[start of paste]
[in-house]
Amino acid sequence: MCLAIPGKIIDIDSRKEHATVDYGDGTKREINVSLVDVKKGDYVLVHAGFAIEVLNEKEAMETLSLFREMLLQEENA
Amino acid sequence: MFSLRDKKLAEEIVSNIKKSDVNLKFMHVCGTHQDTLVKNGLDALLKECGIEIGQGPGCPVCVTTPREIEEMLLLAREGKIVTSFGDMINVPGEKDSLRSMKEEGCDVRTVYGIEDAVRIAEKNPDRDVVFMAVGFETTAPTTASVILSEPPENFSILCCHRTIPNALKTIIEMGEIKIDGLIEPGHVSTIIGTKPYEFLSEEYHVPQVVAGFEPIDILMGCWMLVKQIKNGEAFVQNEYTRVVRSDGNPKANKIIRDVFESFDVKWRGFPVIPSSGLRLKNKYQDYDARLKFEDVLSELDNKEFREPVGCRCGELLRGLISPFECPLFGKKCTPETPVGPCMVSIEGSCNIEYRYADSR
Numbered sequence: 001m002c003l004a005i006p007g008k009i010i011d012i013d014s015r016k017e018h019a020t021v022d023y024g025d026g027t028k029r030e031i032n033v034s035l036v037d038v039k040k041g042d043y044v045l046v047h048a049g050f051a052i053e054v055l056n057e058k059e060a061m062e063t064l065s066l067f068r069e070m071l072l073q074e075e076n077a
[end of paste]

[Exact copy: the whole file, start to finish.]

[in-house]
Amino acid sequence: MCLAIPGKIIDIDSRKEHATVDYGDGTKREINVSLVDVKKGDYVLVHAGFAIEVLNEKEAMETLSLFREMLLQEENA
Amino acid sequence: MFSLRDKKLAEEIVSNIKKSDVNLKFMHVCGTHQDTLVKNGLDALLKECGIEIGQGPGCPVCVTTPREIEEMLLLAREGKIVTSFGDMINVPGEKDSLRSMKEEGCDVRTVYGIEDAVRIAEKNPDRDVVFMAVGFETTAPTTASVILSEPPENFSILCCHRTIPNALKTIIEMGEIKIDGLIEPGHVSTIIGTKPYEFLSEEYHVPQVVAGFEPIDILMGCWMLVKQIKNGEAFVQNEYTRVVRSDGNPKANKIIRDVFESFDVKWRGFPVIPSSGLRLKNKYQDYDARLKFEDVLSELDNKEFREPVGCRCGELLRGLISPFECPLFGKKCTPETPVGPCMVSIEGSCNIEYRYADSR
Numbered sequence: 001m002c003l004a005i006p007g008k009i010i011d012i013d014s015r016k017e018h019a020t021v022d023y024g025d026g027t028k029r030e031i032n033v034s035l036v037d038v039k040k041g042d043y044v045l046v047h048a049g050f051a052i053e054v055l056n057e058k059e060a061m062e063t064l065s066l067f068r069e070m071l072l073q074e075e076n077a